While Slaviša Jokanović only promises "bravery" from FK Partizan in the UEFA Europa League, the Crno-beli's proud history suggests the likes of FC Shakhtar Donetsk can take nothing for granted.
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While the only thing FK Partizan coach Slaviša Jokanović can promise after the toughest of UEFA Europa League draws is "bravery", the Crno-beli's proud European history suggests the likes of FC Shakhtar Donetsk can take nothing for granted.
First ever game
While FK Crvena Zvezda's 1991 European Champion Clubs' Cup triumph shines like a beacon in the annals of Serbian exploits in continental competition, it is arch-rivals Partizan who boast the longest history. Partizan lined up in the first-ever match in the European Champion Clubs' Cup in 1955 when they played out an entertaining 3-3 draw with Sporting Clube de Portugal, and in 2003/04 became Serbia's first contenders in the competition that followed it; the UEFA Champions League. Now, after seeing off MŠK Žilina in the play-offs, they are poised to play their part in the inaugural UEFA Europa League campaign.
"In the past two seasons we have played 16 games in European competition – that means a lot to us," said Jokanović. "Now we have set sights on continuing our campaign beyond the group stage, but we will have to be at our best if we want to progress from Group J." Indeed, last Friday's draw in Monaco paired the Superliga champions with UEFA Cup holders Shakhtar, Club Brugge KV and Toulouse FC. "Draws are like that – our opponents are the best team from last year, a big Belgian side and the strongest club in the fourth pot," rued Jokanović. "I can only promise one thing – we will be brave. Our wish is to prolong our involvement into the spring."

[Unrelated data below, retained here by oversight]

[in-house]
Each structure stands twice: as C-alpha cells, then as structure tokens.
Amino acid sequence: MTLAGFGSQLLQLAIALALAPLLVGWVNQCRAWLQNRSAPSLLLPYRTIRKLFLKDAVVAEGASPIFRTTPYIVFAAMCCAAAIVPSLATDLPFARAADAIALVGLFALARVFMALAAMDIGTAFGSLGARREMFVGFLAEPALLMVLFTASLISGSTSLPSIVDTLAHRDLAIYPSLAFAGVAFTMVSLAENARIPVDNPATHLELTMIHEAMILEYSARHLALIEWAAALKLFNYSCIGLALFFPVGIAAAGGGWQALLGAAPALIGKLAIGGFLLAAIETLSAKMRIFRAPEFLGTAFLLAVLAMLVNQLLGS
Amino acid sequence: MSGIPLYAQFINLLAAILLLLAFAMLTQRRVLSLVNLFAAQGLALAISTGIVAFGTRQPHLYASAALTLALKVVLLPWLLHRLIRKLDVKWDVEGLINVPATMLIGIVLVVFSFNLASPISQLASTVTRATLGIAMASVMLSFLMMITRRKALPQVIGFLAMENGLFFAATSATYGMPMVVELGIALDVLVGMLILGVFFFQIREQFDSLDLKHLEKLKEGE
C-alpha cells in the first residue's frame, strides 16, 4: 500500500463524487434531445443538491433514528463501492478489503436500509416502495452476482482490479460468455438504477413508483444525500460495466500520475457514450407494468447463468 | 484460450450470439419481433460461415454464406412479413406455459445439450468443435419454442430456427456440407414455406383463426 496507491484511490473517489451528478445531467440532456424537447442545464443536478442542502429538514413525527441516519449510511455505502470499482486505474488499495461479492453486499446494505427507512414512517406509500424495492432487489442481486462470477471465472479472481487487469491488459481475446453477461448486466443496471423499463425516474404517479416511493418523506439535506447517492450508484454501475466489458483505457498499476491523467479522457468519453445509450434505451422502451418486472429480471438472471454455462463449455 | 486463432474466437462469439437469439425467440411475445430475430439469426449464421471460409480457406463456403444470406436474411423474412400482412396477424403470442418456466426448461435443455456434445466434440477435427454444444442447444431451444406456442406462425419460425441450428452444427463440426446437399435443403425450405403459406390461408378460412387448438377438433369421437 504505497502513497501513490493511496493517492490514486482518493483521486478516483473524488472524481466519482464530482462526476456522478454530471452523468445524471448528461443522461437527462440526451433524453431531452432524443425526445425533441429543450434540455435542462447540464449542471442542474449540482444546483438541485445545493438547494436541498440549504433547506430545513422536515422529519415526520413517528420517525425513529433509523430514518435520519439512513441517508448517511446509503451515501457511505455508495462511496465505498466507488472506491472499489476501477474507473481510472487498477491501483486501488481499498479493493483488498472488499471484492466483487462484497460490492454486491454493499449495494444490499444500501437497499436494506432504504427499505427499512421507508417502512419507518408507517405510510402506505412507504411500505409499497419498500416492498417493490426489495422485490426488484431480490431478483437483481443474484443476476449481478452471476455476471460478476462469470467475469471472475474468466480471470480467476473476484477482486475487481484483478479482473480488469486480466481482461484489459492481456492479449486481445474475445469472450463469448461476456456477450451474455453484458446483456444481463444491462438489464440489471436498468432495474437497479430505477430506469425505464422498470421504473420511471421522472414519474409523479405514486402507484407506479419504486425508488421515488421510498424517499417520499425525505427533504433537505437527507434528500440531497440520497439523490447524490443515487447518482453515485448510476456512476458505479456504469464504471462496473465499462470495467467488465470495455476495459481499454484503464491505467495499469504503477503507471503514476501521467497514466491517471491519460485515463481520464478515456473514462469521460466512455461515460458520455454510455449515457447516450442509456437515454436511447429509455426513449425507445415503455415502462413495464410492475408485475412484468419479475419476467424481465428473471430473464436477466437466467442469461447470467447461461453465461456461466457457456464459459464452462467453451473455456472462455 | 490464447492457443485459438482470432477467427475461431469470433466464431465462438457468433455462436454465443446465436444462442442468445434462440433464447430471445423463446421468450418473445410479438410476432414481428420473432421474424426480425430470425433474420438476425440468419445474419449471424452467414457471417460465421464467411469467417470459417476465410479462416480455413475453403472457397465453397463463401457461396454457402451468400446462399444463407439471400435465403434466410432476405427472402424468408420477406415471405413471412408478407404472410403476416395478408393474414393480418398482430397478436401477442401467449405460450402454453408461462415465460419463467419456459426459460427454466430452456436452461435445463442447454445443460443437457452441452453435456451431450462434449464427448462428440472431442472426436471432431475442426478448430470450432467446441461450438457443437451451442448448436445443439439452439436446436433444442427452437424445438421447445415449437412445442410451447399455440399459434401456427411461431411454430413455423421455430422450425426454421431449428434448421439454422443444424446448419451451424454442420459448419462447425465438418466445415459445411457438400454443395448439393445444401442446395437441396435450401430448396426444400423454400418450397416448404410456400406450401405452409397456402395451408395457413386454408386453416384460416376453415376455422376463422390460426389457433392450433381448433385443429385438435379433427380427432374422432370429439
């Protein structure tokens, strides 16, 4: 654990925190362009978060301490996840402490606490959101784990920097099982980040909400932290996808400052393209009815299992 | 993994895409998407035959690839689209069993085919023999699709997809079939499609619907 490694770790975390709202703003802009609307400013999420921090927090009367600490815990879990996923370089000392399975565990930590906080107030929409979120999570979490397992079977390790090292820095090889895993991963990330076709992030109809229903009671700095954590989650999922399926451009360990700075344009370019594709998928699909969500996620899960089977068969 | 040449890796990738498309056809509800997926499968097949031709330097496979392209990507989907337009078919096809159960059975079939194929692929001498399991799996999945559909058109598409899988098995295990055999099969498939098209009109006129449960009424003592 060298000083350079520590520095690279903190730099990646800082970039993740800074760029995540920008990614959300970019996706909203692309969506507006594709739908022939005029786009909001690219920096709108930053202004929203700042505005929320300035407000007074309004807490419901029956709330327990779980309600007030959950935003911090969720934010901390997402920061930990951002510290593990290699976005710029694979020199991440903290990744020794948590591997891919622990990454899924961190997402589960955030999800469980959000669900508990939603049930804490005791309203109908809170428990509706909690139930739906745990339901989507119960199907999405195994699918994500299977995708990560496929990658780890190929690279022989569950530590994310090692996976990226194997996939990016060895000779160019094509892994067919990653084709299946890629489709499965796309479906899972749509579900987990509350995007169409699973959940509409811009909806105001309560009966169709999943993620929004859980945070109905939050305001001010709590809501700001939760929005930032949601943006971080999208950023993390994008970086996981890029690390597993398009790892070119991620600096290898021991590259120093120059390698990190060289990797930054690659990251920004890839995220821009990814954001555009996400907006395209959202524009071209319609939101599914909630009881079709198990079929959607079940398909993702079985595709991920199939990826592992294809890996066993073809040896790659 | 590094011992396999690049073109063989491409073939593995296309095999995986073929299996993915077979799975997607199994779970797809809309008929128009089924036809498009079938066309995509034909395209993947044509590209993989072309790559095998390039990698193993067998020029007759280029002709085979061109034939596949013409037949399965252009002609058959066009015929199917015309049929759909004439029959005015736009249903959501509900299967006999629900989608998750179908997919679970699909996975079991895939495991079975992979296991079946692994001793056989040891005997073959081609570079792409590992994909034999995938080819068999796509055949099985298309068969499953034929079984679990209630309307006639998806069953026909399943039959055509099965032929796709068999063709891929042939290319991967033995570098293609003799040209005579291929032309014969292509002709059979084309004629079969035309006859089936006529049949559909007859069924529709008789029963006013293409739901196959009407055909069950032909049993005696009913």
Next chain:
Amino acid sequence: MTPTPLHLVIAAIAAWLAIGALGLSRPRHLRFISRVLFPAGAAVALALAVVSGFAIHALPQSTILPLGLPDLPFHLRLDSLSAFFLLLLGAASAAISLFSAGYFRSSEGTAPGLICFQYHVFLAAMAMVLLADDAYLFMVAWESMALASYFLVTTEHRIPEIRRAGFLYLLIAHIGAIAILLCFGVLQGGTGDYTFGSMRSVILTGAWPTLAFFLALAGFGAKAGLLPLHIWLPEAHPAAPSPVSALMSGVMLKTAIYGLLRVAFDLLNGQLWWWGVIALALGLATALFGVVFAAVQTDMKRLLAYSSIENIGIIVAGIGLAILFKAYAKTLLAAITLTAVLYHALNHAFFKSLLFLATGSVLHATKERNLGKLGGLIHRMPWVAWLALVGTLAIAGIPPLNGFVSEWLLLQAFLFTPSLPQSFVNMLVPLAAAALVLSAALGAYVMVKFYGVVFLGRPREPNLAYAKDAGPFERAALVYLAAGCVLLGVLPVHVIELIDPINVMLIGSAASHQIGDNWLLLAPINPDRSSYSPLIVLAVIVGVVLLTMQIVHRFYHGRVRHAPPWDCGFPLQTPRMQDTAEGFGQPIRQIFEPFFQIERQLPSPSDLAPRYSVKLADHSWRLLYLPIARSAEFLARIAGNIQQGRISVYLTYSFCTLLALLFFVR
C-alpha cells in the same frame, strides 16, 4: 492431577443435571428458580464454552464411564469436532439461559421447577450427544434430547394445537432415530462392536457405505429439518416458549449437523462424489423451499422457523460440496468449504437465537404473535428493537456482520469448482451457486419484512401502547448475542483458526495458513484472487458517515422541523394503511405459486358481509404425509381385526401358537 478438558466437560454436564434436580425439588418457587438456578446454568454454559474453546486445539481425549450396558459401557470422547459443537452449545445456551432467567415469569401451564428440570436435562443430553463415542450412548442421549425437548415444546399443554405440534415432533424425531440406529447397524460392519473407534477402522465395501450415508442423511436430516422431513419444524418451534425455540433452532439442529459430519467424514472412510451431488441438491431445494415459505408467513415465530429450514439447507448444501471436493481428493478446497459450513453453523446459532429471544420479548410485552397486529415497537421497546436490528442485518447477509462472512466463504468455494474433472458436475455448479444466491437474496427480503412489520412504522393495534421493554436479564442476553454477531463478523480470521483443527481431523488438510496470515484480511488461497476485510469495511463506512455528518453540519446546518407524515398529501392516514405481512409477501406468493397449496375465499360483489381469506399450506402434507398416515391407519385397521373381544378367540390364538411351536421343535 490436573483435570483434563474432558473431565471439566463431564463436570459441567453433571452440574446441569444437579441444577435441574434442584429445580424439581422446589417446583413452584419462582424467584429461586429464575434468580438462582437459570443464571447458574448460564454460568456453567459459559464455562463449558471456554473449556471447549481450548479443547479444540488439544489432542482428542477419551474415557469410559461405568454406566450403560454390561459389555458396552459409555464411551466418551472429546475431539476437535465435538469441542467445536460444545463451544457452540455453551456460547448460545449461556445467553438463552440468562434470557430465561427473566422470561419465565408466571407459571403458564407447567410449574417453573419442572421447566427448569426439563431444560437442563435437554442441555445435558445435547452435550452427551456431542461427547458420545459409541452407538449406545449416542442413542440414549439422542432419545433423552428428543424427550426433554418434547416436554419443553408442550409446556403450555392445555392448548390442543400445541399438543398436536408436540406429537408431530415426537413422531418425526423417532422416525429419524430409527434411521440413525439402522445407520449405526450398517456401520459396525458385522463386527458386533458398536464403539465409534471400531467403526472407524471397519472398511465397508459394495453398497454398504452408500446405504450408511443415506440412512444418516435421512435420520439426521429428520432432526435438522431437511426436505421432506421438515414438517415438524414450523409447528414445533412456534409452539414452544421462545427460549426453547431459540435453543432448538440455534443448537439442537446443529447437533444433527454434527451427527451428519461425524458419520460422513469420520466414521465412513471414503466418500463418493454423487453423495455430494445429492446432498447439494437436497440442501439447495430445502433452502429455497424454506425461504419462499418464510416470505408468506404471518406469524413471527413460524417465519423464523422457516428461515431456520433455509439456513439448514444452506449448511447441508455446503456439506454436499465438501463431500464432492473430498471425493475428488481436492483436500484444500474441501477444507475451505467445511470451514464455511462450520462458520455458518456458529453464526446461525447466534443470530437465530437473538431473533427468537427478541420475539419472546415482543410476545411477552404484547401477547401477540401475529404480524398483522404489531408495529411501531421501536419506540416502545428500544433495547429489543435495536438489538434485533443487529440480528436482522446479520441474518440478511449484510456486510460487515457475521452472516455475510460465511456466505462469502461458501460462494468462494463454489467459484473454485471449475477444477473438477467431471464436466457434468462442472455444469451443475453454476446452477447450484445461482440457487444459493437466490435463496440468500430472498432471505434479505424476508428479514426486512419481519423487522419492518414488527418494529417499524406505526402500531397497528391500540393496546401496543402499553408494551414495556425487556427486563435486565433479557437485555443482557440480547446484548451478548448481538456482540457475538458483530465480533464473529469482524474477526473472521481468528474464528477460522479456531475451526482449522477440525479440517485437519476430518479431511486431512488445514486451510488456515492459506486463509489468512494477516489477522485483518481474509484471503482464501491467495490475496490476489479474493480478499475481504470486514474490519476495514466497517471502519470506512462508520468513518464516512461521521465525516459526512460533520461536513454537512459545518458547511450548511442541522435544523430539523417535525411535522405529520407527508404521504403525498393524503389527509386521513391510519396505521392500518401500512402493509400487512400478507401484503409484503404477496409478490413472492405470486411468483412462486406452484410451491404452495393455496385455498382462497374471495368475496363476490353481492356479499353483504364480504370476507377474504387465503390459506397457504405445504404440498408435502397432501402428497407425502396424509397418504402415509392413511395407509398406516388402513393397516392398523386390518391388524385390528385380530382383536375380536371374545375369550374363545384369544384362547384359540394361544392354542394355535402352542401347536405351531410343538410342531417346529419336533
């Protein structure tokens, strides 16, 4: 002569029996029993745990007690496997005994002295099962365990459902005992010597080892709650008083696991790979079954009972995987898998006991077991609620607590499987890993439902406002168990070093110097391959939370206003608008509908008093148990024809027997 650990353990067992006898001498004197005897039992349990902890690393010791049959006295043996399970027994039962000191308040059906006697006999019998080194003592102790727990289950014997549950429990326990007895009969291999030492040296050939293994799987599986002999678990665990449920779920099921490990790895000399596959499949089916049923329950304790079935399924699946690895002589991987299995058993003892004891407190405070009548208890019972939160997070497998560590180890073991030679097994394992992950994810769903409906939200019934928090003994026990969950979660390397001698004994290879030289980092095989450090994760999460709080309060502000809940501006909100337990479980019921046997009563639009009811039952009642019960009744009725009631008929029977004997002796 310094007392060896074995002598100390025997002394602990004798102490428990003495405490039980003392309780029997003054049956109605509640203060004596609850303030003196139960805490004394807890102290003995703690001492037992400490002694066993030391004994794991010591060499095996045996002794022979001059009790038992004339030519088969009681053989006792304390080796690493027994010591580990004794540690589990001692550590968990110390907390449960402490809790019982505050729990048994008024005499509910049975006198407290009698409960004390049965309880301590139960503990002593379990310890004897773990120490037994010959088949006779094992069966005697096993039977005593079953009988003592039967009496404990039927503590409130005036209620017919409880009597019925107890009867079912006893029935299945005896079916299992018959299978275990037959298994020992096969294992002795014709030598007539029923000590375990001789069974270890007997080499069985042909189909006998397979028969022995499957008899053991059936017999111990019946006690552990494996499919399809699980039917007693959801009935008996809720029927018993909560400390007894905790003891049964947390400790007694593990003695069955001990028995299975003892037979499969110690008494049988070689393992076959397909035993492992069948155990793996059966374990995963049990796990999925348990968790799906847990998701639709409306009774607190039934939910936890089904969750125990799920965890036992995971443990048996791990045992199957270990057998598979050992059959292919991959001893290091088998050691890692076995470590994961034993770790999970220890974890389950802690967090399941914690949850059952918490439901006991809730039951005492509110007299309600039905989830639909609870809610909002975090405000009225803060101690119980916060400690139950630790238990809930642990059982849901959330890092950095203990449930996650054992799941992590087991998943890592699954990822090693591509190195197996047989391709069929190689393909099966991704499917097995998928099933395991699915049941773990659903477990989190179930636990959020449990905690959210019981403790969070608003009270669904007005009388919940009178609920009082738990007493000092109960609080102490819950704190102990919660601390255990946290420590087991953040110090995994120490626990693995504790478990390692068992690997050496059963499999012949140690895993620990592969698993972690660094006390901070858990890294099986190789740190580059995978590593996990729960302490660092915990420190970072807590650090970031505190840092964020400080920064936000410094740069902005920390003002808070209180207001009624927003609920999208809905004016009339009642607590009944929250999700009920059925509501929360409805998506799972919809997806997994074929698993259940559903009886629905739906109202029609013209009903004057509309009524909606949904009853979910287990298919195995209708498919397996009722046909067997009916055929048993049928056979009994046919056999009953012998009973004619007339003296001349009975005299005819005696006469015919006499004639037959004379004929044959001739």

Those ambitions have been reconfigured since the summer, as Partizan's European adventure began in mid-July with a 12-0 aggregate second qualifying round victory over Rhyl FC in the UEFA Champions League. However, they were edged out by APOEL FC at the next stage, the "biggest pain" of a 2-1 defeat heightened as the Cypriot side went on to book a group-stage place. "We missed a big chance," admitted Jokanović. "When you play so well it is difficult to explain. We had one bad game in Nicosia and lost 2-0 after so many missed chances. But life continues; nobody will wait for us." Sadly, nor would left-back Ivan Obradović, who opted to move to Real Zaragoza, but Jokanović – who himself spent nine seasons in Spain during his gilded playing days – believes Partizan can adapt. Shakhtar, Club Brugge and Toulouse be warned: they usually do.